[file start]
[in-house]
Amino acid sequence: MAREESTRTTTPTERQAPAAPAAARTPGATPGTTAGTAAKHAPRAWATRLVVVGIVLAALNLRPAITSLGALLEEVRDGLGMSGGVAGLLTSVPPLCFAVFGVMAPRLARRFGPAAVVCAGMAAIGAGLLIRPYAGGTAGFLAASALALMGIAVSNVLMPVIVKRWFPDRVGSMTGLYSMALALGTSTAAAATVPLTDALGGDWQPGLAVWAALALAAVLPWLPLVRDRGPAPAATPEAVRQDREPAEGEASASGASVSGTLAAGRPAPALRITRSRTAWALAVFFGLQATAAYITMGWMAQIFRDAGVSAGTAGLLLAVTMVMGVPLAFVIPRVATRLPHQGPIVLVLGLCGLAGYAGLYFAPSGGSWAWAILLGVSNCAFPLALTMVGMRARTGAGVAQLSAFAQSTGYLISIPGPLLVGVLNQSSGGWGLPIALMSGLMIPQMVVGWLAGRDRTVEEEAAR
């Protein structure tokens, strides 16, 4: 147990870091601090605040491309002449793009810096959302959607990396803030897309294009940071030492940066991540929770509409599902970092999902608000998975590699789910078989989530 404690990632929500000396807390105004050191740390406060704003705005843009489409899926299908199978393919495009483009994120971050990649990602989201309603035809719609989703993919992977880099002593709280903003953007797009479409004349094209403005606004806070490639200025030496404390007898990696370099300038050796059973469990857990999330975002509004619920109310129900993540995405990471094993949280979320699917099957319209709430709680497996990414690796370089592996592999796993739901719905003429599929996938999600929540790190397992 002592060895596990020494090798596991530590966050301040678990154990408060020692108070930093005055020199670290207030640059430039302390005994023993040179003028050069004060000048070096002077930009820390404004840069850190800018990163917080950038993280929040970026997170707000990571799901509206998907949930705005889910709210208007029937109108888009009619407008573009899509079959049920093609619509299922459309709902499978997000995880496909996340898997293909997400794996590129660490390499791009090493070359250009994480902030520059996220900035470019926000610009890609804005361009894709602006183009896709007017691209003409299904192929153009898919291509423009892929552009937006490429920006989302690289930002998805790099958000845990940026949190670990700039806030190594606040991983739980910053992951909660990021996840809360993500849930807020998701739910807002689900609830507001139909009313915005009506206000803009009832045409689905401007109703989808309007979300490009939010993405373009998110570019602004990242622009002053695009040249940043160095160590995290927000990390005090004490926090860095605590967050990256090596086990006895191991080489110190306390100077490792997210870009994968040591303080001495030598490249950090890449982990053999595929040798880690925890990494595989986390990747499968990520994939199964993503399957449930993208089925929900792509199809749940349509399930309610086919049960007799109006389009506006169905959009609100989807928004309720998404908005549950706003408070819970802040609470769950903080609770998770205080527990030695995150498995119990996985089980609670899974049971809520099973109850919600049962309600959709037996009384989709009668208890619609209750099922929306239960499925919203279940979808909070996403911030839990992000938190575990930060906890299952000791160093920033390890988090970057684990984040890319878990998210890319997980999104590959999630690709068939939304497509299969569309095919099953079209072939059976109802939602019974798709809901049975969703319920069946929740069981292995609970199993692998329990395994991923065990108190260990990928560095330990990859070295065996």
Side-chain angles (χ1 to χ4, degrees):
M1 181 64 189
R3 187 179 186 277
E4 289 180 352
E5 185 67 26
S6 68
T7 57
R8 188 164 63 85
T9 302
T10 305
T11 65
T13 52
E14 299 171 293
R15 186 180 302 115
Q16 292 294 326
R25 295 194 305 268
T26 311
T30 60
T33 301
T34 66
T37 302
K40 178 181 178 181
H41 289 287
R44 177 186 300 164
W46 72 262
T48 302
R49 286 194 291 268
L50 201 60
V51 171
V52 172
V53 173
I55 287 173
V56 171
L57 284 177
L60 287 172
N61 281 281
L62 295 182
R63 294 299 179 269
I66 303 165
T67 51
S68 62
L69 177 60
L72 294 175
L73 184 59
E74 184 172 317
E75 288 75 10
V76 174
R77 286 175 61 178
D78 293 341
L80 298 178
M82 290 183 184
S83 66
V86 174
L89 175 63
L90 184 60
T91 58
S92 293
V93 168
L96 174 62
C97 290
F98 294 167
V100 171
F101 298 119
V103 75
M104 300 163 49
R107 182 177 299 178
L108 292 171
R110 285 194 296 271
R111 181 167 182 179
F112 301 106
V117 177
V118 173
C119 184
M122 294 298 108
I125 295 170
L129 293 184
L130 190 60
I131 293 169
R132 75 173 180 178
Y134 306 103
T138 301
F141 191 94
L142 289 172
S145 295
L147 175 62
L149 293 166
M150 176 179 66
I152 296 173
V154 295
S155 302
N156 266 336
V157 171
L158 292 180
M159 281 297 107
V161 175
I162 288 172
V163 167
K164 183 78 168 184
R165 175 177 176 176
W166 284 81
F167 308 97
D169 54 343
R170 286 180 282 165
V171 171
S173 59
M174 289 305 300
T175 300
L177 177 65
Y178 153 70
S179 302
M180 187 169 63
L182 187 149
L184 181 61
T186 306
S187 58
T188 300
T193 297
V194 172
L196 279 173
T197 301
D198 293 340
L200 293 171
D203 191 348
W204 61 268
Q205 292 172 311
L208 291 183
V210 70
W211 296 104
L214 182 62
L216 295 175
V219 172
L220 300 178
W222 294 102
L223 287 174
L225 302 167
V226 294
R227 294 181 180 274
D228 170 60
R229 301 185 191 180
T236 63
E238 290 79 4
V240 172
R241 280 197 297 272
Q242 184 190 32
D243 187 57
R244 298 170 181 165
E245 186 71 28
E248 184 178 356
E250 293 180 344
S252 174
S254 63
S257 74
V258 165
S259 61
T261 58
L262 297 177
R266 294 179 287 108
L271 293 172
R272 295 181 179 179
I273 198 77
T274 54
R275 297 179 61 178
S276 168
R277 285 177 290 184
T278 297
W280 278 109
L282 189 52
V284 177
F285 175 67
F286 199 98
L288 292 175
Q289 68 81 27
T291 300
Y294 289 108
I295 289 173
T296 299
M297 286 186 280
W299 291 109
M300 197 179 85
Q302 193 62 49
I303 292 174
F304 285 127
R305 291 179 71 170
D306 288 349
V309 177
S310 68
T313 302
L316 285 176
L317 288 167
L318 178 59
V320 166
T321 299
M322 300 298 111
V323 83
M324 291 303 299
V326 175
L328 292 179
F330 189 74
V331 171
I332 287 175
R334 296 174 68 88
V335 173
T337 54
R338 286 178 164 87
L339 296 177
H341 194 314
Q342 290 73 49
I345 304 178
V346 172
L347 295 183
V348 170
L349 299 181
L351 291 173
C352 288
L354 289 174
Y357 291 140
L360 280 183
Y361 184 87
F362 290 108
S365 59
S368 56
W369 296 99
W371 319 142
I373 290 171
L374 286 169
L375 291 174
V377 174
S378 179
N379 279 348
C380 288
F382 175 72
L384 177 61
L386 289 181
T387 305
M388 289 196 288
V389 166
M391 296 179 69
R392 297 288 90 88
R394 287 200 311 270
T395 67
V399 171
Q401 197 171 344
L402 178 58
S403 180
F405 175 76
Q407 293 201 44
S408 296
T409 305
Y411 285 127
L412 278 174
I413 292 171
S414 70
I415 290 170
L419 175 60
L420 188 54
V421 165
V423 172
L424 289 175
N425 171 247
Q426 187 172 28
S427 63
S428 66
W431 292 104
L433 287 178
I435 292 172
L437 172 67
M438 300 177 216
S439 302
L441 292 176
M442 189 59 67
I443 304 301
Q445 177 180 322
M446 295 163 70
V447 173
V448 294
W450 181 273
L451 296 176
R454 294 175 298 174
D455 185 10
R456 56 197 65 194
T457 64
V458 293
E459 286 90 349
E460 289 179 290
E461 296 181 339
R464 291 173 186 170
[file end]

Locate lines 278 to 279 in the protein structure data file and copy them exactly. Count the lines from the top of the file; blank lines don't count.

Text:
V448 294
W450 181 273